The first video, showing the men still alive, was posted on a channel that translates to News Center Free Syria. Frequently, the channels used to post original videos are named after local areas or opposition groups, so that's the first clue it might not be the original channel the video was uploaded to. If you then take a look at the list of videos on the channel, you'll also note there's whole variety of different logos on the videos, for example:
This is a pretty strong indication this isn't a channel that posts original videos, so now we need to find the original channel. Some channels that repost videos use the exact same title as the original video, so that's one place to start, and in the case of this video it's also worth searching for just the name of the town the video was filmed in. For those of us who don't speak Arabic that means copying the title of the video into Google Translate, then figuring out which word is the name of the town (which in this case translates to "mobility"), then hovering over the English word with the mouse cursor, which highlights the word in the original Arabic text. Copy and paste that into YouTube search, and away you go.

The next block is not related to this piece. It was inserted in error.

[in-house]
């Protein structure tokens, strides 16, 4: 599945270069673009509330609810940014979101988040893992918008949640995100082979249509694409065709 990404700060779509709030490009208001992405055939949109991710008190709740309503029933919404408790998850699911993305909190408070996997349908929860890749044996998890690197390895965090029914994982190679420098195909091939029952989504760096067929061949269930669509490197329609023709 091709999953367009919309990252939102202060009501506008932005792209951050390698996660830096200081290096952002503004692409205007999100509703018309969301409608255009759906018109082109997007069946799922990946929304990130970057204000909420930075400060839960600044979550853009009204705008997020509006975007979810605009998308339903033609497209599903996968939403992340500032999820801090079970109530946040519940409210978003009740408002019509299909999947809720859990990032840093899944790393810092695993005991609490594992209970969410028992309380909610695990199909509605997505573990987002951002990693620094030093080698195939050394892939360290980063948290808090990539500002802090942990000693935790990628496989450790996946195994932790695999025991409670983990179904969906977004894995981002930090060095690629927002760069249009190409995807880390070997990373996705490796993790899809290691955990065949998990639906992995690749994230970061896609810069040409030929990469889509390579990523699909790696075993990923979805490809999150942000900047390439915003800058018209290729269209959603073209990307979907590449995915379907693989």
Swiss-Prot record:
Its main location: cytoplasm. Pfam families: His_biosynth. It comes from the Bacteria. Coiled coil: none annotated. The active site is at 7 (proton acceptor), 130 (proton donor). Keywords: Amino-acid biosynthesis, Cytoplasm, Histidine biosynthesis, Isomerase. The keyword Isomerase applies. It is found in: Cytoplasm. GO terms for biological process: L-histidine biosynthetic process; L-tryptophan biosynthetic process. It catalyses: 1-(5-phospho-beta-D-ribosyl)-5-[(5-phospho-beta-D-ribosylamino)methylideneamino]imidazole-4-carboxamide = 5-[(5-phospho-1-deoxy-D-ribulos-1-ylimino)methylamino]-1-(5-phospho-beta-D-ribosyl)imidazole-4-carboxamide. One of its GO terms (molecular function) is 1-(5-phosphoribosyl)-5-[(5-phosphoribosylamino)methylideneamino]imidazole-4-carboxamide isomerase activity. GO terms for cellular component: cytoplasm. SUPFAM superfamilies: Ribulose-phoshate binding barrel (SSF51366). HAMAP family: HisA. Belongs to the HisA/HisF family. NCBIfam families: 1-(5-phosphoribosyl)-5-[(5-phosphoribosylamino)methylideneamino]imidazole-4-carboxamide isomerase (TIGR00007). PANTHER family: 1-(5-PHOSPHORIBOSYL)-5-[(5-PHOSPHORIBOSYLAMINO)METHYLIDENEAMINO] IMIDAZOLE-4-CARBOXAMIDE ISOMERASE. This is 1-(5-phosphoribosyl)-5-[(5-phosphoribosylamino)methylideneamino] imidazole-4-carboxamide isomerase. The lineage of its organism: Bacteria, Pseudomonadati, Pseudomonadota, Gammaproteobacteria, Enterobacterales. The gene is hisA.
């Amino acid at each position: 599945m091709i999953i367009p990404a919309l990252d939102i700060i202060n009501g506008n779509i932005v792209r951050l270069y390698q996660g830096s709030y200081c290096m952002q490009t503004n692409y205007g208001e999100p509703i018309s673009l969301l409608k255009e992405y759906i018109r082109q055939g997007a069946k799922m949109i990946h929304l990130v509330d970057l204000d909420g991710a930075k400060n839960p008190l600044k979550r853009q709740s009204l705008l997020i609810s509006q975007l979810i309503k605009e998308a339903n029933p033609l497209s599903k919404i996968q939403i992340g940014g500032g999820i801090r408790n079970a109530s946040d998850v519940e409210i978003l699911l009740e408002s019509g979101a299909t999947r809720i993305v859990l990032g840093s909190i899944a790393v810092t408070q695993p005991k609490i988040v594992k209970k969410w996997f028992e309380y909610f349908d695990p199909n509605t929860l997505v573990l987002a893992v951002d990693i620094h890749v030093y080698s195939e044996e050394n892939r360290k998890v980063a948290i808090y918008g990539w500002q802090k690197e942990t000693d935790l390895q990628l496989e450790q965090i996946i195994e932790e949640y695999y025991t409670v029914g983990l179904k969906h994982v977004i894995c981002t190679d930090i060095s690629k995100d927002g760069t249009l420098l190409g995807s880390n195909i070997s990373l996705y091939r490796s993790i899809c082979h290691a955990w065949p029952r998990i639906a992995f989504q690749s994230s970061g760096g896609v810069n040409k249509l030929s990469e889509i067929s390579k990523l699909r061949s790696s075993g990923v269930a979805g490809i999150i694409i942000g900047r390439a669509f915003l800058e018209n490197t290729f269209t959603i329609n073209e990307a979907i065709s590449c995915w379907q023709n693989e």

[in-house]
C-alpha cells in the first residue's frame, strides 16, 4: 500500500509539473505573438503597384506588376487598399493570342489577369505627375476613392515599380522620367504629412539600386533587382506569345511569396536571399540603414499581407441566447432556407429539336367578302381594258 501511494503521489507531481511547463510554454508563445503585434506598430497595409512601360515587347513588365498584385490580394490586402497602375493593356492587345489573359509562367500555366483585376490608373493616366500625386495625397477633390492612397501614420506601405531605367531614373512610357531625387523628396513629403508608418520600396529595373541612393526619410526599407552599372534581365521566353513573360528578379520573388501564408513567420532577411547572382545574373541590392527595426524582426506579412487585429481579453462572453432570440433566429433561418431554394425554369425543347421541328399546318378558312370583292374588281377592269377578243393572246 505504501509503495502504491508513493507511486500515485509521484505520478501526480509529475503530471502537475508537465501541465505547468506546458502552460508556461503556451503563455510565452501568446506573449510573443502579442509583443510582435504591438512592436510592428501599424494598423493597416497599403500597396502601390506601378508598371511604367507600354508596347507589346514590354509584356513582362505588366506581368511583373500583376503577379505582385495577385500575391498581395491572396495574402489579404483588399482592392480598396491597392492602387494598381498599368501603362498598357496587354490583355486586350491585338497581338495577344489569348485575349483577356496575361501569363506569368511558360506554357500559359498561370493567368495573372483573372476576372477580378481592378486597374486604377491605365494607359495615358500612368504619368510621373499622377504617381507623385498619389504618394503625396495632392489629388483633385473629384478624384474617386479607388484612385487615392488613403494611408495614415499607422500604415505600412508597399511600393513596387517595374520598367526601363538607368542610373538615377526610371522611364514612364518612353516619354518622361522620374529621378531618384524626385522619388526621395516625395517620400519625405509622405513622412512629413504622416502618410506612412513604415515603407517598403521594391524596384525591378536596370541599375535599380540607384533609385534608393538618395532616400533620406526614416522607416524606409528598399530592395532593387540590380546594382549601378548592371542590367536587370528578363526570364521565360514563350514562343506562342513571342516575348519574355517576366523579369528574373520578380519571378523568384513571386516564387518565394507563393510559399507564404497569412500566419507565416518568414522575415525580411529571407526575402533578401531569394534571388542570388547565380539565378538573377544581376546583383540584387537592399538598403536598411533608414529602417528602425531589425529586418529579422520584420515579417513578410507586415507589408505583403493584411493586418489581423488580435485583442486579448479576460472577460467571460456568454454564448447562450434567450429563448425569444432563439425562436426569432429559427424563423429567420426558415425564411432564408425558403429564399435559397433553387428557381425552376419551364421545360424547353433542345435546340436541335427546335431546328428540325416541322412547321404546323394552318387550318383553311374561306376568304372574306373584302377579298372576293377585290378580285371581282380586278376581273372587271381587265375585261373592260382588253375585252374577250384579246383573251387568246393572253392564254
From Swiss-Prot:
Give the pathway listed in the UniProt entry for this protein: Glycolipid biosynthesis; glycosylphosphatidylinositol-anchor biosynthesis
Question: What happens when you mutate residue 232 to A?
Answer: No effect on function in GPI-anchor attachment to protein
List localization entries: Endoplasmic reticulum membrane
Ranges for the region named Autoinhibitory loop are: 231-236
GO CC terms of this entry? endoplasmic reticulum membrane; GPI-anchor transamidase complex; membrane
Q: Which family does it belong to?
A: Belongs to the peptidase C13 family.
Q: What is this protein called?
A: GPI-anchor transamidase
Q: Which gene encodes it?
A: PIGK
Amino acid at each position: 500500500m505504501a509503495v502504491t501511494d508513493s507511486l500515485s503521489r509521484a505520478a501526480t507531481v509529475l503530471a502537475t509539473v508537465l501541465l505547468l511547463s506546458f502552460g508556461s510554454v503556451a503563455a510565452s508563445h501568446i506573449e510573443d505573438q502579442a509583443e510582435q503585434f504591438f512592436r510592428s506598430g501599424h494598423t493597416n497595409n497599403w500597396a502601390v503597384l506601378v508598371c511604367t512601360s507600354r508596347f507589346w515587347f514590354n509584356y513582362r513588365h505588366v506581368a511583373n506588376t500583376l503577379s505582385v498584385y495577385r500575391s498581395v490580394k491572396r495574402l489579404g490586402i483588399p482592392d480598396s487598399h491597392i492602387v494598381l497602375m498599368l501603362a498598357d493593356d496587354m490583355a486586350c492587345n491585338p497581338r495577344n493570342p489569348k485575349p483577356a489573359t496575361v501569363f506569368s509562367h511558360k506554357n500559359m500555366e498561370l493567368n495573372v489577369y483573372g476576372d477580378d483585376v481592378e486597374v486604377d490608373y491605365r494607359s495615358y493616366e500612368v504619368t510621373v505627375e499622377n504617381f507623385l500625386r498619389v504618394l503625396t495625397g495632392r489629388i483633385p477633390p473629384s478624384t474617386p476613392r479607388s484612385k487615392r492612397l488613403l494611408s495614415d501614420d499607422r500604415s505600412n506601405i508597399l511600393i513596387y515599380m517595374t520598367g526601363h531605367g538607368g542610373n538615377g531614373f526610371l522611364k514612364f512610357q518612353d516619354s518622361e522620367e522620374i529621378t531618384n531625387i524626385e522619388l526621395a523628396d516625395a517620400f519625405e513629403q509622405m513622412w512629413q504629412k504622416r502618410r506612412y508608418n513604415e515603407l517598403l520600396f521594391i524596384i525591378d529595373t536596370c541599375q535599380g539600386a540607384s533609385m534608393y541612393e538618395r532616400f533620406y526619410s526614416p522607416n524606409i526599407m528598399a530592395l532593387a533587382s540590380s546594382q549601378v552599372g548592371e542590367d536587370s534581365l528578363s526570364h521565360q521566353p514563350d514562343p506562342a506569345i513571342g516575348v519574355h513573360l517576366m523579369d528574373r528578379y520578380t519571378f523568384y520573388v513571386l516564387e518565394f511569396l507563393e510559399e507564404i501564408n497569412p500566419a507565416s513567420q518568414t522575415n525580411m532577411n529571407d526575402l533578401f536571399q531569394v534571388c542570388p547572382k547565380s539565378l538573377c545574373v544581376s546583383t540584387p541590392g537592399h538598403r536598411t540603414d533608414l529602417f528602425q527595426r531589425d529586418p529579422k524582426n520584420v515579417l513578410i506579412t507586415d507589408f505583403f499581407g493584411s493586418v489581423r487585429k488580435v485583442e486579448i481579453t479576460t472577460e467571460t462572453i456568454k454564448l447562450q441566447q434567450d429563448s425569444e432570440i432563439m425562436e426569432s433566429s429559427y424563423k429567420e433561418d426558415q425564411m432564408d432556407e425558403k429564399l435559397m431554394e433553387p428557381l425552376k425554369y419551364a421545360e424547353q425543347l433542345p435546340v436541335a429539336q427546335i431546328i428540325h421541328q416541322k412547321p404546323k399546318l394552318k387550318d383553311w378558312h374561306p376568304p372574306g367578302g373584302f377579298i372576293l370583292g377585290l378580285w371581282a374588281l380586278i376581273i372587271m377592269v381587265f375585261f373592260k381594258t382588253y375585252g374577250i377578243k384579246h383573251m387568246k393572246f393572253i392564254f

This will bring up a number of videos, so then it's a case of browsing through the video, looking for ones with matching previews, and seeing which was posted first. In the case of this video, the first appearance appears to be on the YouTube channel Mhmad Samoor. Judging from the video descriptions, this channel is posting videos for the local media centre, and generally all media centres have a Facebook page. So, more copying of Arabic text into Google Translate, and this time we want the name of the media centre. Paste that into Google, and we get results for Facebook pages with that name. The results in this case includes this page and this page, both long established pages posting news from the area the video was reportedly filmed in, and both pages features posts made on November 11th featuring the video, (here and here). So for the first video, we've established the video has been posted on a YouTube channel used by local media centres, the videos have been shared on the Facebook pages of those groups, and what that does is help build the evidence that these videos are authentic. It seems like a lot of work, but when I'm writing about videos that show significant events, such as war crimes, I'm thinking about getting as much evidence as possible they are authentic.